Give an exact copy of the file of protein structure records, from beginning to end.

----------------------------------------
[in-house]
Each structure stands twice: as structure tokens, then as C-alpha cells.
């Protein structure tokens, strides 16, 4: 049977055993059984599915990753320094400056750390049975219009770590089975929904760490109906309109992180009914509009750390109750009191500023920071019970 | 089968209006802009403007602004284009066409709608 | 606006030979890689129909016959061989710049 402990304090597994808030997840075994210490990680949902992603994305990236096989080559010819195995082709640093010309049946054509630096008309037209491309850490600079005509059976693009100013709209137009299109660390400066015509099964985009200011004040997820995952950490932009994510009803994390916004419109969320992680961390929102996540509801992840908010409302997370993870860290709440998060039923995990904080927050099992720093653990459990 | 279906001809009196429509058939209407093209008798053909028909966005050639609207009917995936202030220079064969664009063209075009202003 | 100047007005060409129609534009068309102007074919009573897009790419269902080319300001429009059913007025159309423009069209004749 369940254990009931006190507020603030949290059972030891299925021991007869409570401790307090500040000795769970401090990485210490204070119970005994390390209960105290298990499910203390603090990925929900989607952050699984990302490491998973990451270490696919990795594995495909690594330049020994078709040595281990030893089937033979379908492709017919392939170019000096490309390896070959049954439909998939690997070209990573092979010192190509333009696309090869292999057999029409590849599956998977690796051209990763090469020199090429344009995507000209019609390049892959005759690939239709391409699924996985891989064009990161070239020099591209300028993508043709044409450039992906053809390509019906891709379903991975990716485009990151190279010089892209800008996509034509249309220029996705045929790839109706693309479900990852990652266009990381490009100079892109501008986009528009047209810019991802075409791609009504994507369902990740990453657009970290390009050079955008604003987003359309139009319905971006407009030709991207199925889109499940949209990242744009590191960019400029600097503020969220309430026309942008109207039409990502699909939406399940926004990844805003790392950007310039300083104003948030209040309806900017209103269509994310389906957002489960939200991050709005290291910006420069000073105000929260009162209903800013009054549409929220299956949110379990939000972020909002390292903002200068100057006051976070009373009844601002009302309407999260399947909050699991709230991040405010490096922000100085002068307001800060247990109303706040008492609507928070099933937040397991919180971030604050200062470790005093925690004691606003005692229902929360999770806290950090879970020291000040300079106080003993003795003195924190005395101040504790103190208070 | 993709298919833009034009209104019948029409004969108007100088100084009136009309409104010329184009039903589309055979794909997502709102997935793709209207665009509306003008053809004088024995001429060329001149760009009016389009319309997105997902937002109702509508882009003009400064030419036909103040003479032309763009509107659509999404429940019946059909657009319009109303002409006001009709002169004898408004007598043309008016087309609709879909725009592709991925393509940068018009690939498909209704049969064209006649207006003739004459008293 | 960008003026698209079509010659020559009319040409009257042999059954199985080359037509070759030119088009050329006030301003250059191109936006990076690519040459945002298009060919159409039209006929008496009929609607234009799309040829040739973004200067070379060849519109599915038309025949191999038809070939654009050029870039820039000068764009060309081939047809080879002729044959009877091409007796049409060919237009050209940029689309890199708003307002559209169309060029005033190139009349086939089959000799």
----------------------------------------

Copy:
[in-house]
Each structure stands twice: as structure tokens, then as C-alpha cells.
């Protein structure tokens, strides 16, 4: 049977055993059984599915990753320094400056750390049975219009770590089975929904760490109906309109992180009914509009750390109750009191500023920071019970 | 089968209006802009403007602004284009066409709608 | 606006030979890689129909016959061989710049 402990304090597994808030997840075994210490990680949902992603994305990236096989080559010819195995082709640093010309049946054509630096008309037209491309850490600079005509059976693009100013709209137009299109660390400066015509099964985009200011004040997820995952950490932009994510009803994390916004419109969320992680961390929102996540509801992840908010409302997370993870860290709440998060039923995990904080927050099992720093653990459990 | 279906001809009196429509058939209407093209008798053909028909966005050639609207009917995936202030220079064969664009063209075009202003 | 100047007005060409129609534009068309102007074919009573897009790419269902080319300001429009059913007025159309423009069209004749 369940254990009931006190507020603030949290059972030891299925021991007869409570401790307090500040000795769970401090990485210490204070119970005994390390209960105290298990499910203390603090990925929900989607952050699984990302490491998973990451270490696919990795594995495909690594330049020994078709040595281990030893089937033979379908492709017919392939170019000096490309390896070959049954439909998939690997070209990573092979010192190509333009696309090869292999057999029409590849599956998977690796051209990763090469020199090429344009995507000209019609390049892959005759690939239709391409699924996985891989064009990161070239020099591209300028993508043709044409450039992906053809390509019906891709379903991975990716485009990151190279010089892209800008996509034509249309220029996705045929790839109706693309479900990852990652266009990381490009100079892109501008986009528009047209810019991802075409791609009504994507369902990740990453657009970290390009050079955008604003987003359309139009319905971006407009030709991207199925889109499940949209990242744009590191960019400029600097503020969220309430026309942008109207039409990502699909939406399940926004990844805003790392950007310039300083104003948030209040309806900017209103269509994310389906957002489960939200991050709005290291910006420069000073105000929260009162209903800013009054549409929220299956949110379990939000972020909002390292903002200068100057006051976070009373009844601002009302309407999260399947909050699991709230991040405010490096922000100085002068307001800060247990109303706040008492609507928070099933937040397991919180971030604050200062470790005093925690004691606003005692229902929360999770806290950090879970020291000040300079106080003993003795003195924190005395101040504790103190208070 | 993709298919833009034009209104019948029409004969108007100088100084009136009309409104010329184009039903589309055979794909997502709102997935793709209207665009509306003008053809004088024995001429060329001149760009009016389009319309997105997902937002109702509508882009003009400064030419036909103040003479032309763009509107659509999404429940019946059909657009319009109303002409006001009709002169004898408004007598043309008016087309609709879909725009592709991925393509940068018009690939498909209704049969064209006649207006003739004459008293 | 960008003026698209079509010659020559009319040409009257042999059954199985080359037509070759030119088009050329006030301003250059191109936006990076690519040459945002298009060919159409039209006929008496009929609607234009799309040829040739973004200067070379060849519109599915038309025949191999038809070939654009050029870039820039000068764009060309081939047809080879002729044959009877091409007796049409060919237009050209940029689309890199708003307002559209169309060029005033190139009349086939089959000799």